• the need to seek only those orders that are reasonably achievable on the evidence and that are consistent with current law and
  • the duty to make full and frank disclosure of all material facts, documents and other information relevant to the dispute – see page 4 for more on disclosure.

Parties must not:

  • use the pre-action procedure for an improper purpose (for example, to harass the other party or to cause unnecessary cost or delay), or
  • in correspondence, raise irrelevant issues or issues that might cause the other party to adopt an entrenched, polarised or hostile position.

The Court expects parties to take a sensible and responsible approach to pre-action procedures. However, you are not expected to follow the pre-action procedures to your detriment if reasonable attempts to follow them have not achieved a satisfactory solution.


The pre-action procedure ~ step-by-step

STEP 1: Comply with the requirements of Compulsory Family Dispute Resolution

This process is set out in the ‘Compulsory Family Dispute Resolution’ brochure published by the Australian Government. For more information, including information about the exceptions to participate in Compulsory Family Dispute Resolution, go to or telephone 1800 050 321. 

Further information can also be found in the brochure published jointly by the Family Court of Australia and the Federal Circuit Court entitled ‘Compulsory Family Dispute Resolution – court procedures and requirements’. To obtain a copy of this brochure:

  • go to
  • Live Chat on the website
  • call 1300 352 000 or
  • visit your nearest family law registry

STEP 2: Enter into a parenting plan or apply for consent orders

If an agreement is reached, you and the other party may enter into a parenting plan or apply to court for consent orders. For more information on parenting plans, go to

For more information or to get a Consent Orders Kit:

  • go to
  • Live Chat on the website
  • call 1300 352 000 or
  • visit your nearest family law registry.

If the family dispute resolution process (see step 1) was unsuccessful in resolving the dispute, bear in mind that there are other dispute resolution processes such as family counseling, negotiation, conciliation, and arbitration which you and the other potential parties could participate in, to assist all parties resolve the dispute. You can participate in many of these dispute resolution processes at any time and in all of them, before commencing court action.

STEP 3: If your case is not resolved give written notice of issues and future intentions

A person considering applying to a court must give the other person/s written notice of the intention to start a court case (called a notice of claim), setting out:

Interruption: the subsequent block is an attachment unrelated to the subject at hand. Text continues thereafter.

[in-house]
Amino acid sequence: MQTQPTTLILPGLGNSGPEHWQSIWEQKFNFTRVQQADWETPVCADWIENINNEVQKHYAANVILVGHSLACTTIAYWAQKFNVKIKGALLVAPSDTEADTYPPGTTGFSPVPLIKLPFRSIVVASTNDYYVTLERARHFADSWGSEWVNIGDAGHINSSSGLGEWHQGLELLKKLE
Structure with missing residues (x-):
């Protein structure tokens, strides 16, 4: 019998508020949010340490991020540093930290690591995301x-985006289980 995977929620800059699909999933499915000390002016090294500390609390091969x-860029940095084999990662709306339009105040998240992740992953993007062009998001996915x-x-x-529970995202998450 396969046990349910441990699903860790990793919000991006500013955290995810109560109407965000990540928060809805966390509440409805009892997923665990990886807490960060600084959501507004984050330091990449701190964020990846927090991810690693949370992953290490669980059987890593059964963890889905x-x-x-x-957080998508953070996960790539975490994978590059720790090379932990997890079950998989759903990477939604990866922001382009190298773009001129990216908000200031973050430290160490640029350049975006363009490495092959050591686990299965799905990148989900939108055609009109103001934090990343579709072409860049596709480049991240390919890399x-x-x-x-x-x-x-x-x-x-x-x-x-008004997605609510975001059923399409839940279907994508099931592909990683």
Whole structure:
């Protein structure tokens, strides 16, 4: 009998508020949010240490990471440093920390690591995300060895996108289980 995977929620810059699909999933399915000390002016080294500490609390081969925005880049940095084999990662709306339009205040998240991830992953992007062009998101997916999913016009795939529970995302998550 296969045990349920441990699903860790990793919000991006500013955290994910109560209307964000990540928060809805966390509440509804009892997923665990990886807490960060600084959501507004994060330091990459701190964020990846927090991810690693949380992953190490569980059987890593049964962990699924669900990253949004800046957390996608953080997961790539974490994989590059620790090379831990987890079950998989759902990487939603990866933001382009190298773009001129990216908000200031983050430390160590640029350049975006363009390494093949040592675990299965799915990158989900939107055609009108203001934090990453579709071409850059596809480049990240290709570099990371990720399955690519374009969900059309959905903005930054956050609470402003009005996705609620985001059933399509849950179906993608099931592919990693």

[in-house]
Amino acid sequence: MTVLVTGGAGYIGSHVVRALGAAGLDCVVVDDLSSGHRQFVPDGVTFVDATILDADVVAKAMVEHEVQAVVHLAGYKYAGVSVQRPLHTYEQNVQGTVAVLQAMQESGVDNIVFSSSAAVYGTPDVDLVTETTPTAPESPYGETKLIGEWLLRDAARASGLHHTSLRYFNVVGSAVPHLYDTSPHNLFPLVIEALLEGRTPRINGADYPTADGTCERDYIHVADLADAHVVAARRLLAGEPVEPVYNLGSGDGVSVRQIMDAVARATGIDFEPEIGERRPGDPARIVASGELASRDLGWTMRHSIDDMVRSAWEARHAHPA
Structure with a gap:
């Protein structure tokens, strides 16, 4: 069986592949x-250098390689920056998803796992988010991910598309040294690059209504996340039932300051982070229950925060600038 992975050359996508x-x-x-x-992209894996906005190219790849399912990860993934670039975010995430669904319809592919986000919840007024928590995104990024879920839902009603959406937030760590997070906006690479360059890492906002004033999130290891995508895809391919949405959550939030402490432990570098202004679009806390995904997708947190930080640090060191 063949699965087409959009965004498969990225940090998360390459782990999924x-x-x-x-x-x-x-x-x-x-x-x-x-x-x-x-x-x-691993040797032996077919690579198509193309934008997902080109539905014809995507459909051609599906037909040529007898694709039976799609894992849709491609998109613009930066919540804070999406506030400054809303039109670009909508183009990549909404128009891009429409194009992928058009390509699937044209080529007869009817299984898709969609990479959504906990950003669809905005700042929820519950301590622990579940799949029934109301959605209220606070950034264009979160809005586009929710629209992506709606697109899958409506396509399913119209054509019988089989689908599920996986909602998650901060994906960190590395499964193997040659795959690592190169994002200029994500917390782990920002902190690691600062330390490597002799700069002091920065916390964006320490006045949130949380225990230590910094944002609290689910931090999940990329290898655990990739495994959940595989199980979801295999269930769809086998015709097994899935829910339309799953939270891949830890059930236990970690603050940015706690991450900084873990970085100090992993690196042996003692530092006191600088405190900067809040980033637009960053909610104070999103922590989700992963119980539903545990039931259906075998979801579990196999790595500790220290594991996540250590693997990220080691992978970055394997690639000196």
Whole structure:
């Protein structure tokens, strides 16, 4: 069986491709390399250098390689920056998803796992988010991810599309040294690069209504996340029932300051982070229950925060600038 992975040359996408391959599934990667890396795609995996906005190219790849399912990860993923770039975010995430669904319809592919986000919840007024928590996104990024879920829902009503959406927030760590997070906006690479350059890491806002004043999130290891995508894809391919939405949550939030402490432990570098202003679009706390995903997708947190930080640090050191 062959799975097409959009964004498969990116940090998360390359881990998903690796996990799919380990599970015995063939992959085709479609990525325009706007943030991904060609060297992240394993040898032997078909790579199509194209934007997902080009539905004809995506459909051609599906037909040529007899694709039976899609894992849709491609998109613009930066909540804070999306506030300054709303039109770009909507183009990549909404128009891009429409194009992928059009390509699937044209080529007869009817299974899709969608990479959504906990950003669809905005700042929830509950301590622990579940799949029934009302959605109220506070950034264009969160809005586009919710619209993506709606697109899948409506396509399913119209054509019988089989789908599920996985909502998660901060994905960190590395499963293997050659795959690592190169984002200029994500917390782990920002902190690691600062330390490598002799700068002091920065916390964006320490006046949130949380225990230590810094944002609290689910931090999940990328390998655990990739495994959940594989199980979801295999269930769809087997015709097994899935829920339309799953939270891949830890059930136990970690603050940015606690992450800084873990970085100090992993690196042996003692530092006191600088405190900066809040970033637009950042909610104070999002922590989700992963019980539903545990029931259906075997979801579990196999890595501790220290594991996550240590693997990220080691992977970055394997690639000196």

• the issues in dispute
  • the orders to be sought if a case is started
  • a genuine offer to resolve the issues, and
  • a nominated time (at least 14 days after the date of the letter) within which the other person must reply.

STEP 4: Reply to the notice of claim

If you receive this notice of claim, you must, within the nominated time, reply to it in writing stating whether the offer is accepted. If an agreement is reached, refer back to Step 2.

If you do not accept the offer, you must set out in a letter:

  • the issues in dispute
  • the orders you will seek if a case is started
  • a genuine counter offer to resolve the issues, and
  • a nominated time (at least 14 days after the date of the letter) within which the initiating claimant must reply.

If you do not respond, the initiating party’s obligation to follow the pre-action procedure ends.

STEP 5: If no agreement is reached: taking court action

Where an agreement is not reached after reasonable attempts to resolve it by correspondence, other appropriate action may be taken to resolve the dispute, including filing an application in a court.


If a case is subsequently started, the Court may consider whether these pre-action procedures have been followed, and if not there may be consequences of non-compliance.

The Court may:

  • where there is unreasonable non-compliance, order the non-complying party to pay all or part of the costs of the other party or parties in the case, and/or
  • take compliance or non-compliance into account when making orders about how your case will progress through the court.

The Court may also ensure that the complying party is in no worse a position than he or she would have been if the pre-action procedure had been complied with.

Examples of non-compliance with a pre-action procedure include:

  • not sending a written notice of a proposed application
  • not providing sufficient information or documents to the other party
  • not following a procedure required by the pre-action procedure
  • not responding appropriately within the nominated time to the written notice of proposed application, and
  • not responding appropriately within a reasonable time to any reasonable request for information, documents or other requirements of this procedure.